Child Sleep and Socioeconomic Context in the Development of Cognitive Abilities in Early Childhood

Caroline P. Hoyniak, John E. Bates, Angela D. Staples, Kathleen M. Rudasill, Dennis L. Molfese, Victoria J. Molfese

Research output: Contribution to journalArticle

5 Scopus citations


Despite a robust literature examining the association between sleep problems and cognitive abilities in childhood, little is known about this association in toddlerhood, a period of rapid cognitive development. The present study examined the association between various sleep problems, using actigraphy, and performance on a standardized test of cognitive abilities, longitudinally across three ages (30, 36, and 42 months) in a large sample of toddlers (N = 493). Results revealed a between-subject effect in which the children who had more delayed sleep schedules on average also showed poorer cognitive abilities on average but did not support a within-subjects effect. Results also showed that delayed sleep explains part of the association between family socioeconomic context and child cognitive abilities.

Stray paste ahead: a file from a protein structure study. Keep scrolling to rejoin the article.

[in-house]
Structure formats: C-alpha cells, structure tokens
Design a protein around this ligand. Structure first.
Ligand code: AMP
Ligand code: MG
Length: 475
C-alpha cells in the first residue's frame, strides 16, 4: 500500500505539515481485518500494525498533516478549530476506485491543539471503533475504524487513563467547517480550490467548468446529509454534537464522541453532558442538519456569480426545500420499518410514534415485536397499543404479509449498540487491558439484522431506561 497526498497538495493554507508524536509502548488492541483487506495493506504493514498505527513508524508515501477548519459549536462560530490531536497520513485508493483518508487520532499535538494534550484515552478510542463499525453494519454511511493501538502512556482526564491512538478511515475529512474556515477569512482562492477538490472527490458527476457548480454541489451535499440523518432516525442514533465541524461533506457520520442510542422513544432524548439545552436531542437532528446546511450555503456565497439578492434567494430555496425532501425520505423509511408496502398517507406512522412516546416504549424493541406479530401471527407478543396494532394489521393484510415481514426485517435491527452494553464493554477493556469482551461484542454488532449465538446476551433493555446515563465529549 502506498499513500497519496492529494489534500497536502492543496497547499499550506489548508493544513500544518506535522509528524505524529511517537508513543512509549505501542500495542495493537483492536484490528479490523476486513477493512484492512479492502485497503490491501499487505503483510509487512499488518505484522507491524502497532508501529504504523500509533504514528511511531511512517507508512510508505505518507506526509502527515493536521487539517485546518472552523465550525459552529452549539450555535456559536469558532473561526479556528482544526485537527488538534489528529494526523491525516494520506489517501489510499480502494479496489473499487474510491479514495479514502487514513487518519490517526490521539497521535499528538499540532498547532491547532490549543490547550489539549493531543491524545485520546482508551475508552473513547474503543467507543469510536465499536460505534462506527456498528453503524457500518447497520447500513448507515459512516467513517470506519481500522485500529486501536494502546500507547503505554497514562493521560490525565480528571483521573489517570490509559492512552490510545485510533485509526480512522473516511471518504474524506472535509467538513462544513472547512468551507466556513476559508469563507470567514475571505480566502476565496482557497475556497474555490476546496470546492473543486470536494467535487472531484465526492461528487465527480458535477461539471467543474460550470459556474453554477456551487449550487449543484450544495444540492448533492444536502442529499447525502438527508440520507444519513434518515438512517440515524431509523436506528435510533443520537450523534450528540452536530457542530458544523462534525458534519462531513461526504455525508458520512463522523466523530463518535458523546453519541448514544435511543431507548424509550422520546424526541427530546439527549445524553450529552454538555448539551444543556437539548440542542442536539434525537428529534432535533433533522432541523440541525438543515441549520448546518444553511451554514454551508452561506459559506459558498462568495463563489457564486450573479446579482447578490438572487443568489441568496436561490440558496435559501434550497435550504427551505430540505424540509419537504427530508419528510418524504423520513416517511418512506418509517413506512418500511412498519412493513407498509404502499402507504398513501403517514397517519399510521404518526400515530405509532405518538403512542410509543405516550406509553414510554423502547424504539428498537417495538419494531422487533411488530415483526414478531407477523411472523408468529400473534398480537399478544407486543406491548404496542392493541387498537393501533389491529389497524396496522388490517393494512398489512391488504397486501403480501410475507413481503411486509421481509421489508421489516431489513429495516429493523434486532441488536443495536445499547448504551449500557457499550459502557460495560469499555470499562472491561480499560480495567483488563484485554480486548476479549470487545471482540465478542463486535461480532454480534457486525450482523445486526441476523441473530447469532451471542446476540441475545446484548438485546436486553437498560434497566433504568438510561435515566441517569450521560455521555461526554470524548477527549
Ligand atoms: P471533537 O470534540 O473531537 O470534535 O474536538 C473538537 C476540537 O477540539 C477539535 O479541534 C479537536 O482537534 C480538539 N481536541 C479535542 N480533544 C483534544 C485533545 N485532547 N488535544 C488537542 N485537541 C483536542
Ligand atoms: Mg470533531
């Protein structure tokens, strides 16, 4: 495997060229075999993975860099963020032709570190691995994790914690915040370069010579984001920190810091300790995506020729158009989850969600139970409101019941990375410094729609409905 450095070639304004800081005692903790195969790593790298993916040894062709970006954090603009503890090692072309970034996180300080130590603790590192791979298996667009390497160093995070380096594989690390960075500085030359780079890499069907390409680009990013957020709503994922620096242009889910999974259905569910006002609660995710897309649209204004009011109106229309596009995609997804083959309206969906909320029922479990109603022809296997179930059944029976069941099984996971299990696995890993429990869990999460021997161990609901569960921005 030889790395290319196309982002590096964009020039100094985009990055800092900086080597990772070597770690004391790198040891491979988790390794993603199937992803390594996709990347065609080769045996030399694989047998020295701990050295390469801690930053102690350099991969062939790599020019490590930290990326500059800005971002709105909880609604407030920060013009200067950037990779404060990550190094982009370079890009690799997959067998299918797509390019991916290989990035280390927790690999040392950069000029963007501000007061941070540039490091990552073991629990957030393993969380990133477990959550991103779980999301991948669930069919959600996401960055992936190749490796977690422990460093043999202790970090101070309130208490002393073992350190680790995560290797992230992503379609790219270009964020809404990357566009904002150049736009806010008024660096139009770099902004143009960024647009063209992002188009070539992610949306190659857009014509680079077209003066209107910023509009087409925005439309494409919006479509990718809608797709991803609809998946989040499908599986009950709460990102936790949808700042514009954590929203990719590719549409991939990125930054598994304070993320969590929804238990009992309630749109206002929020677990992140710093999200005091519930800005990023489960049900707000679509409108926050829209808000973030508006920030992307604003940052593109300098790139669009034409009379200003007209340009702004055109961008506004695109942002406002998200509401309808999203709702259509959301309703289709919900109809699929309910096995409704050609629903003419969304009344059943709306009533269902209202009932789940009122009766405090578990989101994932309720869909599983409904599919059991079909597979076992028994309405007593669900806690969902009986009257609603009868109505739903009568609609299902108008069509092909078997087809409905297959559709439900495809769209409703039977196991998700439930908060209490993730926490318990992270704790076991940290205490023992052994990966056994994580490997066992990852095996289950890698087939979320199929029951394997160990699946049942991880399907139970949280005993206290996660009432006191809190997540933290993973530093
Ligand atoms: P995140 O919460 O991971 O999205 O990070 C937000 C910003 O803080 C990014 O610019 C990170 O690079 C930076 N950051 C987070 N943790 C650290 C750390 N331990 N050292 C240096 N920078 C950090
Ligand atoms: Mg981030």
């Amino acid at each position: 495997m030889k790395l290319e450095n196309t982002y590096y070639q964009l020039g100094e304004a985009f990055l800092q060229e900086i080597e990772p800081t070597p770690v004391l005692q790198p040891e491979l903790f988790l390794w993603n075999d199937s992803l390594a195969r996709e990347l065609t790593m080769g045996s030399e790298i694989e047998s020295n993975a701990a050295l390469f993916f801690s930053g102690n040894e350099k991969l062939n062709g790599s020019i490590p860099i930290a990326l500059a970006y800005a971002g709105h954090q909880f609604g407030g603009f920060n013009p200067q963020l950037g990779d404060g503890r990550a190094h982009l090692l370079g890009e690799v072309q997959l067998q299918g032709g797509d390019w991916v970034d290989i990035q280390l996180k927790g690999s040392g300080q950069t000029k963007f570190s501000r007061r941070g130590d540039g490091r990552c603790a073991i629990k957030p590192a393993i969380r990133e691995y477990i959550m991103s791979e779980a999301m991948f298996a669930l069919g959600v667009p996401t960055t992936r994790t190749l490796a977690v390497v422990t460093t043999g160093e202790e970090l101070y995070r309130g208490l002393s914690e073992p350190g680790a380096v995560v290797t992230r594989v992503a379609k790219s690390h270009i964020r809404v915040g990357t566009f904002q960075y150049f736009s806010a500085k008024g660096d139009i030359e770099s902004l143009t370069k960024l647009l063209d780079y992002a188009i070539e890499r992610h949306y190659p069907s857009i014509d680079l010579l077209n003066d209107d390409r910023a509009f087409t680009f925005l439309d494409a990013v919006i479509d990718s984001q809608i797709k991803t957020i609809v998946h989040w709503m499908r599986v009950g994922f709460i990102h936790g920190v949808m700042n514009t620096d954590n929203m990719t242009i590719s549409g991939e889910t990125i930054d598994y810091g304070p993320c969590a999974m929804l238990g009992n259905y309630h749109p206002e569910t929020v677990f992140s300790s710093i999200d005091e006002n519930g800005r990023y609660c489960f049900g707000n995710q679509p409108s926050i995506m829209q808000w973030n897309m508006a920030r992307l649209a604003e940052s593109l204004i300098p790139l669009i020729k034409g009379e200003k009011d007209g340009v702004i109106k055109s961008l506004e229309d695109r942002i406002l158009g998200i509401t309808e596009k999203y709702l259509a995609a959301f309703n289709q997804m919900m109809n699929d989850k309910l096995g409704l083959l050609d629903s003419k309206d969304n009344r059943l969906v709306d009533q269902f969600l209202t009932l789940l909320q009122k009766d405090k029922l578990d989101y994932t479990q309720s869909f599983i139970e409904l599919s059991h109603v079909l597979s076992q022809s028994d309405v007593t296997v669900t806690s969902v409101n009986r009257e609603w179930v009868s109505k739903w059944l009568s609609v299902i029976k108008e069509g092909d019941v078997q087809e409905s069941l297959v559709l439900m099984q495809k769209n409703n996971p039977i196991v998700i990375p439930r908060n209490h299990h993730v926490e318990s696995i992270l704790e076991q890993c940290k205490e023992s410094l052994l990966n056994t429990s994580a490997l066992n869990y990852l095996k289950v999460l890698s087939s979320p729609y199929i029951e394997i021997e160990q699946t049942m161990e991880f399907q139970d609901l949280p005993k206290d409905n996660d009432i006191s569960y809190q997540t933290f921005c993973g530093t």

Original languageEnglish (US)
Pages (from-to)1718-1737
Number of pages20
JournalChild development
Issue number5
StatePublished - Sep 1 2019


ASJC Scopus subject areas

  • Pediatrics, Perinatology, and Child Health
  • Education
  • Developmental and Educational Psychology

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